Zehnder Rittling Carboline is an elegant and innovative response to modern indoor climate control requirements. Its high and even surface temperature – a product of the thermal conductivity of the graphic layer – is considerably more energy efficient than conventional systems, and can be easily and practically integrated into new or existing grid and suspended ceilings.
Carboline panels not only deliver the cooling and heating energy to the space for conditioning, they also have other benefits over traditional systems, including:
- Very high heating and cooling output
- Extremely quick reaction time to temperature changes
- Simple and quick installation
- No drafts or dust dispersal
- Even heat distribution
- Virtually silent operation
- Perforated design for acoustic absorption (optional)
- Cool and heat with a single system
- High energy savings
- Low investment/operating costs
- Long service life
“We performed a 20-year lifecycle cost analysis, looking at upfront, operating and maintenance costs,” says Coffield. “The Zehnder Rittling Carboline system provides a 26 percent energy cost savings over the more traditional VAV systems, which is significant.
“Once we pointed out all the advantages of this system, particularly as they related to this project, American University was very open to going outside its comfort level and considering a system it was not familiar with,” says Coffield.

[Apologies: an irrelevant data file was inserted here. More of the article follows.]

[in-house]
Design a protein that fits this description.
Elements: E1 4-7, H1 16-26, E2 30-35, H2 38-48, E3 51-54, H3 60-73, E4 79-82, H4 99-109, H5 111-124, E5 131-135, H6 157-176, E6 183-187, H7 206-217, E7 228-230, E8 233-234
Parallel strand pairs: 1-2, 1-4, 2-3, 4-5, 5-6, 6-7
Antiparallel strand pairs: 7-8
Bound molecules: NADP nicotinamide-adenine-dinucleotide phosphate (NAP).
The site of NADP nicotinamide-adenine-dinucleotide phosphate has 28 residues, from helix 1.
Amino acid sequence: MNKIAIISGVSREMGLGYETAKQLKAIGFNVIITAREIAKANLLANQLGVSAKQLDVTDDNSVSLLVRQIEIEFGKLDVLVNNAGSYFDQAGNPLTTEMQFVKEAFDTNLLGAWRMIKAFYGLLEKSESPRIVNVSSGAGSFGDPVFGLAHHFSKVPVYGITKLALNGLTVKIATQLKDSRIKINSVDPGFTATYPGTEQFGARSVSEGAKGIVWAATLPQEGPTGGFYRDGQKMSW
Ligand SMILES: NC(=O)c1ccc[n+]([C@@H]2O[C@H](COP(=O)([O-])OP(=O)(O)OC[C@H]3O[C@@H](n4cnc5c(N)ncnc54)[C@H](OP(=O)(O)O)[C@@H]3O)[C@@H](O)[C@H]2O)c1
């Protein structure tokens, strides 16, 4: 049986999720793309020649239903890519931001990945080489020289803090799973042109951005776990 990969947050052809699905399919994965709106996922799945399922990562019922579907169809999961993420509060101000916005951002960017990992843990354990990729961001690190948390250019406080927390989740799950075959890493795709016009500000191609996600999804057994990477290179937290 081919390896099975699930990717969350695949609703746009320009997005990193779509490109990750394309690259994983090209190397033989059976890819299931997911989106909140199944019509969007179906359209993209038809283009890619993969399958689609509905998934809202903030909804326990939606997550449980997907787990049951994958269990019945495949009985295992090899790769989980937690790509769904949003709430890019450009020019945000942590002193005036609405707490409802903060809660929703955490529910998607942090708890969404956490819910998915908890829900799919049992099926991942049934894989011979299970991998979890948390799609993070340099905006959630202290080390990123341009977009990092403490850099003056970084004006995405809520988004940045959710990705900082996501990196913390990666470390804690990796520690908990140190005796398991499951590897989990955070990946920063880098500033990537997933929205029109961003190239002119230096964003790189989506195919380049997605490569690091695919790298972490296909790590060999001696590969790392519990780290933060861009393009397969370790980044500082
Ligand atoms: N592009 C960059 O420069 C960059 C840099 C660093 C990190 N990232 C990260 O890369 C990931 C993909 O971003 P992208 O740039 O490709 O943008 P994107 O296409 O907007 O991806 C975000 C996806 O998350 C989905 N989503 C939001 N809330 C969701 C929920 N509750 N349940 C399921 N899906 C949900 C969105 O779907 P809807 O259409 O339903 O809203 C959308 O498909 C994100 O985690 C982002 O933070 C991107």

Ameen Khouri, LEED AP BD+C, was the lead project manager for Shapiro & Duncan, Inc., the mechanical contracting firm overseeing the installation of the more than 4,000 Zehnder Rittling Carboline Panels and the coordination between the different trades, such as ductwork, electrical and sprinkler.
“We originally assumed a two-man crew could hang six to seven radiant ceiling panels each day,” says Khouri. “However, once the hangers were installed, we realized the two-man crew was able to hang 40 to 50 panels each day, which greatly exceeded our expectations and made the job go much faster and more smoothly than we anticipated.”
“Zehnder Rittling personnel walked us through every aspect of what we needed to do, where we needed to be proactive and what the proper steps would be to ensure an easy installation,” says Scott Horstkamp, Shapiro & Duncan project foreman. “Their help was vital in making this all come together smoothly, and they were very helpful every step of the way.”
A system that is energy efficient and aesthetically pleasing.
In utilizing a radiant panel system, American University has lowered its operating costs by more than 25 percent over similar systems, as well as its maintenance costs, meaning the Zehnder panels will pay for themselves within 10 years.
From an aesthetic standpoint, the finished ceilings create a striking, clean and modern look throughout the buildings, and have garnered high praise from visitors to the campus.
“The Zehnder Rittling Carboline Panels were a great overall fit for American University,” says Hunter. “They’ve allowed us to create very attractive, beautiful buildings where people will want to spend time. At the same time, we are being good corporate citizens and are doing the right thing for the environment as well as our students, faculty and staff.”